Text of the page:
Recurrence of lesions. As we would expect in a disease which is often merely a sign of underlying systemic disorders, NICO has a strong tendency to recur and/or to develop in additional jawbone sites (1/3 of cases), often requiring multiple repetitions of the same surgical procedure. Thirty percent of affected patients who have subsequent post-surgical reduction of pain experience local recurrence of jaw or facial pain, often of a different type or location than the original pain. Nevertheless, despite a high rate of recurrence and of new primary lesions necessitating multiple surgeries, the long-term (average = 4.6 years) abatement of neuralgia pain is total or almost total in 73% and moderate in an additional 16% of cases (Table 6). Only 11% of patients consider the surgery to be without merit for the treatment of their maxillofacial pain. Appropriate pain management strategies with narcotic medications, psychological counseling and even temporary disability status with periodic family counseling should be considered in severe cases (70% of whom are disabled by pain). With future research, even this group of individuals may be helped by new therapeutic techniques, but until then we must be content with the suggestion by G. V. Black to remove "every particle of softened bone" and expect that "generally, the case makes a good recovery."

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How Common Is Maxillofacial Osteonecrosis?

Maxillofacial osteonecrosis does not appear to be a rare disease. In a preliminary population study of NICO cases in West Virginia the point prevalence rate for biopsy-proven cases, i.e. the number of new and old cases in the population at a specific point in time, was one of every 2,200-5,000 adults. For middle-aged females the rate was one in every1,009-2,500. This makes NICO the second most common form of osteonecrotic diseases, affecting more than 68,000 U.S. adults annually. If the majority of affected patients have no pain, which can be inferred from the work of Box, then the prevalence of maxillofacial osteonecrosis must be considerably higher than the NICO rates.

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Table 1: Diseases, events, etc. associated with osteonecrosis of any bone.

Diseases/Phenomena Associated with Ischemic Osteonecrosis

Coagulation Disorders (Hypercoagulation)

Alcohol Abuse (Cirrhosis/Pancreatitis)

Estrogen or Cortisone/Prednisone Therapy

Cancer chemotherapy

Arteriosclerosis

Sickle cell anemia

Tobacco Use

Deep sea diving

Lupus erythematosus

Starvation (e.g. anorexia nervosa)

Arthritis & osteoporosis

Shwartzman reaction (serum sickness)

Osteomyelitis (infection in bone marrow)

Chronic inactivity (e.g. leg in cast)

Hypertension (high blood pressure)

Congestive heart failure (weak heart beat)

Local anesthesia use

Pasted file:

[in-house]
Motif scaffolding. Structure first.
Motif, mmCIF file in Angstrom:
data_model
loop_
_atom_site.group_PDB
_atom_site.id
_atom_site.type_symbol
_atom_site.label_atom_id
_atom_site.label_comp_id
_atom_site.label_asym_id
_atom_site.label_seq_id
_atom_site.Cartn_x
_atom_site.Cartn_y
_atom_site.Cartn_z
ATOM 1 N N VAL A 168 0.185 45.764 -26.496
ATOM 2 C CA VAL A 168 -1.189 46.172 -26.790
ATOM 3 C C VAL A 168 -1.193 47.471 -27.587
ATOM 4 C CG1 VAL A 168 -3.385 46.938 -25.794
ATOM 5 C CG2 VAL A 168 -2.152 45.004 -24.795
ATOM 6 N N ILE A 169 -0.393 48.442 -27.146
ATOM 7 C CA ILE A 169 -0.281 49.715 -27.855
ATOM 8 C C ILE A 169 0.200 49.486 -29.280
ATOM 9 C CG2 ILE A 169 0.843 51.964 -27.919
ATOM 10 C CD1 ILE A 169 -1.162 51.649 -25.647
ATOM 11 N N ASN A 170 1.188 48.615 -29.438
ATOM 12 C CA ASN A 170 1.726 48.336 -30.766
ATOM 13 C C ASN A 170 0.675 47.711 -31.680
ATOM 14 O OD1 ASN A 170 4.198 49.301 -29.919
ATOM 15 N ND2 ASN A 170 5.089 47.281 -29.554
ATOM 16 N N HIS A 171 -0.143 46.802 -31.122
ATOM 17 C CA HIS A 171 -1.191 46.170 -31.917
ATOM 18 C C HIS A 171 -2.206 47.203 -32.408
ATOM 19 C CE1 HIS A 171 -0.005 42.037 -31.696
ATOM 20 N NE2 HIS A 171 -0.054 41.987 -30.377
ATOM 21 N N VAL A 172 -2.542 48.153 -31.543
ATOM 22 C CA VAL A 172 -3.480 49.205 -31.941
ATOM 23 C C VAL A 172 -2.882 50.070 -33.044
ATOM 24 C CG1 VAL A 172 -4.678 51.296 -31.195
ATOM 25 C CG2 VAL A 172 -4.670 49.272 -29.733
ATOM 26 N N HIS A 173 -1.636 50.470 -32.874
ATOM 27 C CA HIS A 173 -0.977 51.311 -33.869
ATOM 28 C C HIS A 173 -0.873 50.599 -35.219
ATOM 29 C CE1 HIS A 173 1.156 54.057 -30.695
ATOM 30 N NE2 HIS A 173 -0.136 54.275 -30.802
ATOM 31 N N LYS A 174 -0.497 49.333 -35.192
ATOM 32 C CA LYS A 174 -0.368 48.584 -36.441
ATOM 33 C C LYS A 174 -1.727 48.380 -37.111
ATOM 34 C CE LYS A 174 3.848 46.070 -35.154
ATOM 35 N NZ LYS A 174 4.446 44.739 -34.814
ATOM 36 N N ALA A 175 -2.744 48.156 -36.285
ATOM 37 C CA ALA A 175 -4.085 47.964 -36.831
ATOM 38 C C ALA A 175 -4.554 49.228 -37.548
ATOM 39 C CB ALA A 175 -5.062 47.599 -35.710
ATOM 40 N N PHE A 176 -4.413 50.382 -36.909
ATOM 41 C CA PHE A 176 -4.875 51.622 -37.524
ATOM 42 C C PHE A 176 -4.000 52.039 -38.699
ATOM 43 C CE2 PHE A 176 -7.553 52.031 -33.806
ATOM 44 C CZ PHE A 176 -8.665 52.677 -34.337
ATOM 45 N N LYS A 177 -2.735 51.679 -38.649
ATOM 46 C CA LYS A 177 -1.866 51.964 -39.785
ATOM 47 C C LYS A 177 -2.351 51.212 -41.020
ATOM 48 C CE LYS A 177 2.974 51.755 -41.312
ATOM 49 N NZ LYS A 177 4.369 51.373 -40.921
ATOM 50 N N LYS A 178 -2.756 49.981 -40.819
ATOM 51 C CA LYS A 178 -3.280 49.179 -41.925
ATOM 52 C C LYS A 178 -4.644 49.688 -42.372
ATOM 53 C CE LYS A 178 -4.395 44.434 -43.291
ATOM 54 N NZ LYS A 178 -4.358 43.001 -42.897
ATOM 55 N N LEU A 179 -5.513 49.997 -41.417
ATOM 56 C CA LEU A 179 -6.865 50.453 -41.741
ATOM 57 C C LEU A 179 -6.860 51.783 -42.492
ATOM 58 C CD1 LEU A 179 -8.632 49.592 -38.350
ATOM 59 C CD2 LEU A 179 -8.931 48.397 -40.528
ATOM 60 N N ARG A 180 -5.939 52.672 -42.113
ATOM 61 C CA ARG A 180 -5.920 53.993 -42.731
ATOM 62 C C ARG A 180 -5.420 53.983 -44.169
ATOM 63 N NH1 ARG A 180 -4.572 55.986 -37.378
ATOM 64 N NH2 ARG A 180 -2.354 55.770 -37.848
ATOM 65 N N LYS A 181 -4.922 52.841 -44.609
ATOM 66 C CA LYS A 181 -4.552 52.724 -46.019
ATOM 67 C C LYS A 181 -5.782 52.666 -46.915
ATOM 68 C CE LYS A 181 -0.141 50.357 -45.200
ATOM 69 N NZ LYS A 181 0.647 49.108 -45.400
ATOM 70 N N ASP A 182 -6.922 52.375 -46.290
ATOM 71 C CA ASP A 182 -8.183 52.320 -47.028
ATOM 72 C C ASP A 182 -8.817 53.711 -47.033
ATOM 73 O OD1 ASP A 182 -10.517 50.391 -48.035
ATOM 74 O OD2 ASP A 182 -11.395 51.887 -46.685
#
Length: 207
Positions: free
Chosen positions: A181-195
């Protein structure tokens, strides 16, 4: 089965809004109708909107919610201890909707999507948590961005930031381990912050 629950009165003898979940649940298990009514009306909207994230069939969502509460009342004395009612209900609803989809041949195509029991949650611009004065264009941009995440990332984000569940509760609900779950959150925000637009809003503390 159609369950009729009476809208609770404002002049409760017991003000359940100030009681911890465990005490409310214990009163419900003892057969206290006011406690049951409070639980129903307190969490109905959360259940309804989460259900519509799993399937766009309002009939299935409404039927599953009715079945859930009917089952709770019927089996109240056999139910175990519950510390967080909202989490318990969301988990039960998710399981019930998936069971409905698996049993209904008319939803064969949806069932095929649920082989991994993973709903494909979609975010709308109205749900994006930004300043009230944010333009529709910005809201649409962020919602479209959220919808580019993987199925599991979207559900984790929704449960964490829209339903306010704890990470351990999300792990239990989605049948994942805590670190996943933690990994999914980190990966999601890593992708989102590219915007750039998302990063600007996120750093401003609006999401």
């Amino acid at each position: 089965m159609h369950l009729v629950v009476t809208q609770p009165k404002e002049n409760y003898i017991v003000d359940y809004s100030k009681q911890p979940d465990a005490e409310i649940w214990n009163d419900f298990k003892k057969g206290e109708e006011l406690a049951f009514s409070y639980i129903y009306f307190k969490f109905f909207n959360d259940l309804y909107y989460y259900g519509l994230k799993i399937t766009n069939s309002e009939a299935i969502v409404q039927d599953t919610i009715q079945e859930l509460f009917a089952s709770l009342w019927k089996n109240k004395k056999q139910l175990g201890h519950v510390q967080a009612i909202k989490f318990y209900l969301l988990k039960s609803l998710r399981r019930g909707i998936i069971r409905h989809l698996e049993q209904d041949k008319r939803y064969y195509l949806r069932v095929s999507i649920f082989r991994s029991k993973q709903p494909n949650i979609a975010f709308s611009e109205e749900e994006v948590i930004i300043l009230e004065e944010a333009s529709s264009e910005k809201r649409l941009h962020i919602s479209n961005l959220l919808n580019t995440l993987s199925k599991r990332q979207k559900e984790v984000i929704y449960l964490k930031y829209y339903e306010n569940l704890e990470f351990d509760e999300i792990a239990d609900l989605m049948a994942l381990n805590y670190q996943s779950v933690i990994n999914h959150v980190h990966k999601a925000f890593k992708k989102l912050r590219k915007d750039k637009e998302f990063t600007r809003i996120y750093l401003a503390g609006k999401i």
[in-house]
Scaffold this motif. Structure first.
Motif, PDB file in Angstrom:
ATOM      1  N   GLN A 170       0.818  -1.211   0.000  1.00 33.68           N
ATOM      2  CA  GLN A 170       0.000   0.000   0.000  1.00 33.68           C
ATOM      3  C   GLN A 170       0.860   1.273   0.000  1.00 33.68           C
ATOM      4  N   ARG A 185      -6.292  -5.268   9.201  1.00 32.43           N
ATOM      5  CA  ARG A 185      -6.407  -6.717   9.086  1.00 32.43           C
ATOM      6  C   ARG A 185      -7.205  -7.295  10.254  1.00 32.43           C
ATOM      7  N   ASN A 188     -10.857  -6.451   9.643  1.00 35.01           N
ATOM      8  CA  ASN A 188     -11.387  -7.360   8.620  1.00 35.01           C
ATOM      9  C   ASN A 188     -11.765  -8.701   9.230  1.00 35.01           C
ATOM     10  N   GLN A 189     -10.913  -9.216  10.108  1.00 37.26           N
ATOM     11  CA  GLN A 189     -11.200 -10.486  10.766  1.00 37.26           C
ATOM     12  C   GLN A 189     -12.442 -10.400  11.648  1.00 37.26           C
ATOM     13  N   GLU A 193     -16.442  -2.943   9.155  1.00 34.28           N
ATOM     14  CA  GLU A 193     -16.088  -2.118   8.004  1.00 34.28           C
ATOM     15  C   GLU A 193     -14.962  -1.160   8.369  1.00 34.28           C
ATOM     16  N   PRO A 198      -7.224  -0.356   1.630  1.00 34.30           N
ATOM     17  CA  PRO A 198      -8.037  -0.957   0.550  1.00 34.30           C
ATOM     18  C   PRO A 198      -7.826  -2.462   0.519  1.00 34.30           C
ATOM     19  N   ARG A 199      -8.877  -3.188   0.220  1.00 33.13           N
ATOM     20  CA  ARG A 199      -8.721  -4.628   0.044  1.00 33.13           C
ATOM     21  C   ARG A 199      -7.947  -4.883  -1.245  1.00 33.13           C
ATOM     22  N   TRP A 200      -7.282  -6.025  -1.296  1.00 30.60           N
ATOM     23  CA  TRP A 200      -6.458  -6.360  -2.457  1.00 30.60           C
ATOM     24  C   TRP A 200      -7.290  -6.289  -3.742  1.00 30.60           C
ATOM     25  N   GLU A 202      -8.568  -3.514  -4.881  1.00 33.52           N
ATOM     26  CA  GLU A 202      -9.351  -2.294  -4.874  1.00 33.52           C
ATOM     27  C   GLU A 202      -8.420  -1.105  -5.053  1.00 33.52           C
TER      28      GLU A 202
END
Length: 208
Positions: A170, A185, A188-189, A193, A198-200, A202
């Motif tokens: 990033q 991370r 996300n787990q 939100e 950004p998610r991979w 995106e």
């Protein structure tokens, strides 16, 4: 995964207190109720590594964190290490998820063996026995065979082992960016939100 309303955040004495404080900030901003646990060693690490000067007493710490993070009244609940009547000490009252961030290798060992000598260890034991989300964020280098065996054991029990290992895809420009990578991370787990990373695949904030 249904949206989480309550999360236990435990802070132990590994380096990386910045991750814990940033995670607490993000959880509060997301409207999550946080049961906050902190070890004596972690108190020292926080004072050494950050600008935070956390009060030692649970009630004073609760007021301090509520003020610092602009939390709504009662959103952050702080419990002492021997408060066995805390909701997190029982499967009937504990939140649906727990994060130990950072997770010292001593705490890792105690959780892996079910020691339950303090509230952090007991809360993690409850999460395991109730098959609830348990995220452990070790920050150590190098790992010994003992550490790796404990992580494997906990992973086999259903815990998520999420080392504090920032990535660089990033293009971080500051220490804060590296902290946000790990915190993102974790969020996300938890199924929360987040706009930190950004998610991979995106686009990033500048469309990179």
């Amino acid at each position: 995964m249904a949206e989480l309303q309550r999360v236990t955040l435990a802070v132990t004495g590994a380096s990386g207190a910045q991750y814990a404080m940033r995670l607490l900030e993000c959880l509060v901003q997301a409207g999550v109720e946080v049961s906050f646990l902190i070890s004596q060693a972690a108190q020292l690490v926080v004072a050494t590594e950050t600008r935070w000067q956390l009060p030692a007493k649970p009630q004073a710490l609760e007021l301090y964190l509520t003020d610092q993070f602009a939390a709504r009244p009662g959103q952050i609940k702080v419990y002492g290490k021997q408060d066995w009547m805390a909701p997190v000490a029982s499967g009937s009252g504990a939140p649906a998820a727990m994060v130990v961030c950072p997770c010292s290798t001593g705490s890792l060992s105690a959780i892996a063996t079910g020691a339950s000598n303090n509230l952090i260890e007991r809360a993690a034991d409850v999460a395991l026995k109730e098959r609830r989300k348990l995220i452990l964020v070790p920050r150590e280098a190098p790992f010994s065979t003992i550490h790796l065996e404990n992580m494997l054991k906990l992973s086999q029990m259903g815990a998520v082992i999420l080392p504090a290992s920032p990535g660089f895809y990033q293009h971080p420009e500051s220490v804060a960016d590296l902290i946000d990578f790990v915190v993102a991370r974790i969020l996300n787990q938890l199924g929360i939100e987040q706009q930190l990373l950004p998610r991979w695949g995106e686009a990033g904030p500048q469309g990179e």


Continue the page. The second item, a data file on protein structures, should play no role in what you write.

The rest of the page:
Raynaud's phenomenon

 

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Table 2: Coagulation disorders found in patients with ischemic osteonecrosis of the hips, knees and jaws (NICO), compared to the proportions found in patients with deep vein thrombosis, a major clotting disorder, and with the normal population. Thrombophilia = increased tendency to develop clots inside vessels; hypofibrinolysis = reduced ability to breakdown the small clots always being formed and dissolved in blood vessels.

Coagulation Defect

Normal
Population
Deep Vein
Thrombosis

Osteonecrosis
Thrombophilia, hereditary types* 2-5% 5-9% 50-70%
Thrombophilia, acquired types 3-7% 20-50% 33%
Hypofibrinolysis, hereditary types * <1% 5-15% 18-22%
Hypofibrinolysis, acquired types <1% 20-25% 50%
Total (includes multiple coagulopathies) 4-7% 20-50% 65-87%

* usually autosomal dominant, i.e. it is not related to the gender of the child and each new baby has a 50% chance of inheriting the problem.

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Table 3: Coagulation disorders found in NICO patients who failed to improve with decortication and surgical debridement.

Coagulation Disorder

% In NICO

High levels of plasminogen activator inhibitor (the major inhibitor of fibrinolysis) 18%
Low levels of stimulated tissue plasminogen activator (the major stimulator of fibrinolysis) 22%
Low levels of Protein C or Protein S (thrombophilia) 8%
Resistance to activated Protein C (thrombophilia) 18%
High levels of lipoprotein A (a strongly atherogenic and hypofibrinolysis lipoprotein) 36%
Elevated levels of anticardiolipin antibodies (associated with thrombophilia and damaged endothelial cells) 33%
Factor V Leiden gene, heterozygotic by PCR DNA analysis (causes resistance to protein C) 23%
Methylene tetrahydrofolate reductase (MTHFR) mutation, heterozygotic or homozygotic by PCR DNA analysis (causes homocysteinemia and thrombophilia) 65%
Total ( includes patients with multiple coagulopathies): 78%

           

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Table 4. Long-term results of surgical curettage of NICO lesions of the jaws of 103 patients with facial neuralgias (atypical facial neuralgia or trigeminal neuralgia). Seventy-eight percent of individual lesions required only one surgery; 32% of patients had NICO in multiple quadrants. Patients were surveyed 1-18 years after last NICO surgery (average: 4.6 years). Only patients with follow-up ratings of 3 or 4 were considered cured. (Modified from ref. #61)

Follow-up Rating Reduction % Pain Present Status of Pain % of Total Cases
0 0-10 No improvement 8.8 *
1 11-33 Minimal improvement 2.9
2 34-75 Moderate improvement 15.5
3 76-99 Considerable improvement ** 13.6
4 100 No pain 59.2
Total: 100.0 %

 * 2.9% experienced increased pain after surgery (long-term)
** patients consider themselves cured, are taking no prescription medications for pain, and describe their pain condition as "almost gone," "only an occasional problem," or "very livable."